Coastal erosion affects many parts of the United States but the effects are more pronounced in southeastern regions such as Florida where coastlines can recede by up to 25 feet year-on-year according to the U.S. Climate Resilience Toolkit.
Engineering techniques such as building revetments and seawalls have their own downsides, but they can be effective in protecting homes and businesses against the potentially devastating impact of waterfront erosion.
If you have heard about revetments and want to learn more about this method of erosion mitigation, here is a quick guide.
Basics of Revetments
Revetments are concrete structures made by organizing stones on a prepared slope. The barrier absorbs wave energy and minimizes beach or lakeshore corrosion.
The irregular surface of the revetment is especially important in absorbing wave energy and reducing the effects of wave rebound.
The slope allows rebounding waves to run up the concrete structure and therefore lose their energy. This not only minimizes corrosion but also preserves the integrity of the erosion control structure for longer.
Revetments and seawalls bear some similarities. Both structures work to mitigate erosion along coastal and lake shorelines and riverbanks.
A key difference is that revetments have a slope, and seawalls are often designed upright. Revetments usually have a rough or rippled surface, while the surface of seawalls is typically smooth.
Another difference is that a seawall usually covers the entire area between the mainland and the shoreline, while revetments only run up to a certain height.
Advantages of Revetments
Some hard engineering methods are more effective than others are in controlling beach erosion. Extremely solid structures such as seawalls, bulkheads, and tidal barriers tend to increase the energy of oncoming waves.
Instead of absorbing energy, these solid structures redirect the waves. This backwash effect, in fact, scours and undercuts the toe of the erosion control structure, resulting in the structure tilting toward the lake or sea. While in such a position, the solid structure will not adequately protect your beach.
On the contrary, a revetment is a hard engineering solution for controlling beach erosion. Instead of deflecting wave energy, the stone arrangement absorbs wave energy and prevents the effects of wave backwash. Revetments may, therefore, have a comparably longer service life.
Compared to seawalls, which tend to be huge concrete structures, revetment stone structures are less expensive to construct and have fewer maintenance requirements. Nonetheless, ongoing maintenance can increase the service life of any erosion control structure.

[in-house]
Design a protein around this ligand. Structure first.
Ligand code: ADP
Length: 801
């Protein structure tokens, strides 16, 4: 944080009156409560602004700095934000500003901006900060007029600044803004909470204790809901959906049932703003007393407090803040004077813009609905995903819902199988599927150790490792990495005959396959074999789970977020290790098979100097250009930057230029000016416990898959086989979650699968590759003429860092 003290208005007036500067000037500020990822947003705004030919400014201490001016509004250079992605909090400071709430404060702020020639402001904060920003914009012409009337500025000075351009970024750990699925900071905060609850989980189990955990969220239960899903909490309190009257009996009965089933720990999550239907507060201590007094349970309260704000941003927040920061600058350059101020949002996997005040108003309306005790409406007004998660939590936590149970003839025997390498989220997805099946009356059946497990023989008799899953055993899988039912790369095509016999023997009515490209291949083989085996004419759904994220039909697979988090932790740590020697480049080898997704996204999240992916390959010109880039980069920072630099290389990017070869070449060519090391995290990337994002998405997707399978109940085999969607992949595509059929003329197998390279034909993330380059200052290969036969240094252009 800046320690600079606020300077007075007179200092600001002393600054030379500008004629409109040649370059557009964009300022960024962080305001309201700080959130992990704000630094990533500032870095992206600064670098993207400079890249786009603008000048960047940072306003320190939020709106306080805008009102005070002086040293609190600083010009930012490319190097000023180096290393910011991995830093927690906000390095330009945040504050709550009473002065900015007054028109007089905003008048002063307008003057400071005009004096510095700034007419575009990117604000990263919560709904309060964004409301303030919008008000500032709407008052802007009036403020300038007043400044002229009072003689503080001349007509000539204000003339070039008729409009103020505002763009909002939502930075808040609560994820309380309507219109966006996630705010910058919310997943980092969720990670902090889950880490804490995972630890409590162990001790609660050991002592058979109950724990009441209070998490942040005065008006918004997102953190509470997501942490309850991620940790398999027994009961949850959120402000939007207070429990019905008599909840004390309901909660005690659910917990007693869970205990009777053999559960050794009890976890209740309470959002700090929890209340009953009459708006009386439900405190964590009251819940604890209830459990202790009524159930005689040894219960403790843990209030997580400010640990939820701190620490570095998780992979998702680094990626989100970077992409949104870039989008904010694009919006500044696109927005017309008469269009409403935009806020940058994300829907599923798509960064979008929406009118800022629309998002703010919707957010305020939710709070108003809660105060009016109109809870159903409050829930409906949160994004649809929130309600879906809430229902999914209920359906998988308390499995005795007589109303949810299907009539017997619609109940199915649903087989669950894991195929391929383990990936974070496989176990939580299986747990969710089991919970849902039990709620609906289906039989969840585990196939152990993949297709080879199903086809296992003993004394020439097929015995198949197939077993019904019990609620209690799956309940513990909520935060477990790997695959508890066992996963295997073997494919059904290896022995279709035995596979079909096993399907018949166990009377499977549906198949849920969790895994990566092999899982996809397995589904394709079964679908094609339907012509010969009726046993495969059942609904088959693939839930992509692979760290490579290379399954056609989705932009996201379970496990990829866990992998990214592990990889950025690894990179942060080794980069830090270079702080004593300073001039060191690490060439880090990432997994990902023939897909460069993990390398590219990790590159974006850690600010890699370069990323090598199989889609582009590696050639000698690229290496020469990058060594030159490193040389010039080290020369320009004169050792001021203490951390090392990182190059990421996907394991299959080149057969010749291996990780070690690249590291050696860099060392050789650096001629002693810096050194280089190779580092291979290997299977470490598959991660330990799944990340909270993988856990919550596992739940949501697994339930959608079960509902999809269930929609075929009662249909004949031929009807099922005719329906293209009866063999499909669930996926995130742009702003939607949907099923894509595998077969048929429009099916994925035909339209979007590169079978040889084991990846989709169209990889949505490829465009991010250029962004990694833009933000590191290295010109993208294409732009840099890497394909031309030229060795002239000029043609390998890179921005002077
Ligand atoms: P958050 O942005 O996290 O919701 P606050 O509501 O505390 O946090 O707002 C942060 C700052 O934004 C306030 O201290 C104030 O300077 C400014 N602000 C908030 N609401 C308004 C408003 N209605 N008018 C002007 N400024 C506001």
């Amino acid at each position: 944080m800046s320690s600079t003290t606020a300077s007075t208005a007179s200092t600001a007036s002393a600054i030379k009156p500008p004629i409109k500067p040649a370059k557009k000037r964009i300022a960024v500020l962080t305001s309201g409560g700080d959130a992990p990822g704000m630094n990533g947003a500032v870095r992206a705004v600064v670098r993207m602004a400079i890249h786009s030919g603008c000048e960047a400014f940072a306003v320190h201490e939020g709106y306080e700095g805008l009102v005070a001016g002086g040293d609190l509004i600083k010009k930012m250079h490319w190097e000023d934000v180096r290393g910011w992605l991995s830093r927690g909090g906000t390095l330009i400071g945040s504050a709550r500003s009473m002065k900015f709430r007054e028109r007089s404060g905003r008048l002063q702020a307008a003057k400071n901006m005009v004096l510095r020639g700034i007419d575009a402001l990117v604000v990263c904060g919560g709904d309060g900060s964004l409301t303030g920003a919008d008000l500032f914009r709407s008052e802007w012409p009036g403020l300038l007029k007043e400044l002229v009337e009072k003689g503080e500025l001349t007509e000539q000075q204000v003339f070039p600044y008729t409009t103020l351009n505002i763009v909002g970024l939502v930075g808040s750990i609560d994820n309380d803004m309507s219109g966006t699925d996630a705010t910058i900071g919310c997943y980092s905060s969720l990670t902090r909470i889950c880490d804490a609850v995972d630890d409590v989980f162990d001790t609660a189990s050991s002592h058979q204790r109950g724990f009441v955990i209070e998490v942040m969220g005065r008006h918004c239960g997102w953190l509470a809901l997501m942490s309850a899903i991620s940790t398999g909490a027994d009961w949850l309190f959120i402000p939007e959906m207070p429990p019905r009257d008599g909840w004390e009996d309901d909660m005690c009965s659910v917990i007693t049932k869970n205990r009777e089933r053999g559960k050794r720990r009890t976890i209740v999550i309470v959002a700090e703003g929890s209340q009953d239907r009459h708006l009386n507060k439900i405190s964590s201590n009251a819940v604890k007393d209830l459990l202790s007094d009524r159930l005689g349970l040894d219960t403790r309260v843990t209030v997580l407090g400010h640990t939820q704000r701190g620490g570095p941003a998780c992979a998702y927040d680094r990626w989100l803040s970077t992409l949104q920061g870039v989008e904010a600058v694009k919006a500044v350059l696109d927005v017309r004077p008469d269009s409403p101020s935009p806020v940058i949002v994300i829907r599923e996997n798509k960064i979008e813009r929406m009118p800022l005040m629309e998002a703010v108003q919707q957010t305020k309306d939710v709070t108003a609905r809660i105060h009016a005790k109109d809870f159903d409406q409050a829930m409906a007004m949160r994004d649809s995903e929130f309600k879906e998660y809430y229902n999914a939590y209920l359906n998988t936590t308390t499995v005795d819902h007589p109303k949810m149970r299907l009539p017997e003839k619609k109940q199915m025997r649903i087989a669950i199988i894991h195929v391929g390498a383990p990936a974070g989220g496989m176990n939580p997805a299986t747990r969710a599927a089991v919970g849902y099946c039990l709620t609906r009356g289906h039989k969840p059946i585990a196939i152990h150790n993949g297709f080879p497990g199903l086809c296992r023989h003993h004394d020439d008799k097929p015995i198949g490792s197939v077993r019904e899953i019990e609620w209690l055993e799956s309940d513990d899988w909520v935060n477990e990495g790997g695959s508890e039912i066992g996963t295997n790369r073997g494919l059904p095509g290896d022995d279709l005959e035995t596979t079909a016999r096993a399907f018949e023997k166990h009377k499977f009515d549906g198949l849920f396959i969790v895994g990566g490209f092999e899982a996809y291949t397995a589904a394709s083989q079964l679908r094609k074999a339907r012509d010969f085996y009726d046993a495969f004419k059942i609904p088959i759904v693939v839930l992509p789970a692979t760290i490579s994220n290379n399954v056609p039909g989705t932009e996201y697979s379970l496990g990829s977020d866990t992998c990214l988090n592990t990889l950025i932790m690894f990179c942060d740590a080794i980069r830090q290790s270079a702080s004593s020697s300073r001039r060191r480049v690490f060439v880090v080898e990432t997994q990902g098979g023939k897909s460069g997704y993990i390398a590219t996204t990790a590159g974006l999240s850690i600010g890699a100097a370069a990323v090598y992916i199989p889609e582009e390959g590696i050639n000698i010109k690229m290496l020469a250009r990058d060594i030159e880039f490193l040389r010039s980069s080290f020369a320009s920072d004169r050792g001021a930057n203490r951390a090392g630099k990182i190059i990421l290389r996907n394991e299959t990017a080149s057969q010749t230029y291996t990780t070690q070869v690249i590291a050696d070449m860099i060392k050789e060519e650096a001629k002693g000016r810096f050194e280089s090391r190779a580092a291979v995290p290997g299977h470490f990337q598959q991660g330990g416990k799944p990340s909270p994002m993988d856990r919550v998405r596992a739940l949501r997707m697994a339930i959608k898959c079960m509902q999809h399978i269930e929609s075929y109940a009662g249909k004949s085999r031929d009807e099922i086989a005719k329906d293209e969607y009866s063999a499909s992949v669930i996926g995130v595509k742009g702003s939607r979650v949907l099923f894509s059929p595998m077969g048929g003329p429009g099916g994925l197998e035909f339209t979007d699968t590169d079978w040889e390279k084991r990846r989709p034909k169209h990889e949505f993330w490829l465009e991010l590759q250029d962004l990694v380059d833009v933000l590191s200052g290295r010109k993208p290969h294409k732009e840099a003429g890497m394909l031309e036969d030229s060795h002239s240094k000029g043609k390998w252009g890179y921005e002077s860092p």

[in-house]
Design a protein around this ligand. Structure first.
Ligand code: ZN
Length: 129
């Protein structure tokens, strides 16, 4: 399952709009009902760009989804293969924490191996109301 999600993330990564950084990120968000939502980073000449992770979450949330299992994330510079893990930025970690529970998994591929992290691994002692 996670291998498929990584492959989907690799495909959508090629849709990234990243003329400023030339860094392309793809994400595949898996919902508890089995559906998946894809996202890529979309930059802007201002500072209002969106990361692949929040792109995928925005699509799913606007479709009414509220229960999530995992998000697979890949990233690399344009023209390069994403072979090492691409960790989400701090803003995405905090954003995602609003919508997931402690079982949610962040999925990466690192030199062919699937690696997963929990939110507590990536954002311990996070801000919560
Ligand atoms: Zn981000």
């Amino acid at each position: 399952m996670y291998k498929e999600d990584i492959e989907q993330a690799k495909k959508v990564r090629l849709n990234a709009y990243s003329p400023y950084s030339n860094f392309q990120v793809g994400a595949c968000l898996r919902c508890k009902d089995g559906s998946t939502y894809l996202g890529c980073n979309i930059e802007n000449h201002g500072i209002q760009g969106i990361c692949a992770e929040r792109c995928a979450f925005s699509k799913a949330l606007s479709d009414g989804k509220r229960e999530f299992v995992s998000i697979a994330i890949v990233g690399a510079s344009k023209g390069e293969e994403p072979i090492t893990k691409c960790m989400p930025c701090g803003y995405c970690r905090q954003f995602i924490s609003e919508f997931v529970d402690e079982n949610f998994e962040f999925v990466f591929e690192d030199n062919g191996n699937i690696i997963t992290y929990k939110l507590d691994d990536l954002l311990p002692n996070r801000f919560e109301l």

The cost of a revetment will largely depend on factors such as the quantity and cost of material, mileage costs, labor expenses, and the type of equipment used for construction.
Disadvantages of Revetments
Although revetments can be very effective in thwarting beach erosion, these structures have a few downsides.
Many people are concerned that revetment stones lack aesthetic appeal. However, over time, waves carry and deposit materials onto the stones, therefore helping to conceal the lower part of the revetment. The top part of the structure can be concealed with soil to allow plant growth.
Another concern is that stone is not an effective, long-term solution for mitigating beach corrosion. This may be a valid concern where the revetment has not been properly constructed.
Proper construction of revetments requires keen attention to factors such as the slope, which affects stability, stone type and size, and the use of a filter cloth to maintain the structure’s design configuration.
A reputable marine construction company can provide innovative solutions to get around these two common problems.
The benefits of revetments outweigh the downsides. As a hard erosion control method, revetments may also be more environmentally sustainable as the structures absorb and minimize, as opposed to deflecting, wave energy.
At Abbotts’ Construction Services, Inc., we are experts in erosion control solutions in Sarasota, Florida. Call us today to find out about our revetment services to protect your lake banks and coastal shorelines.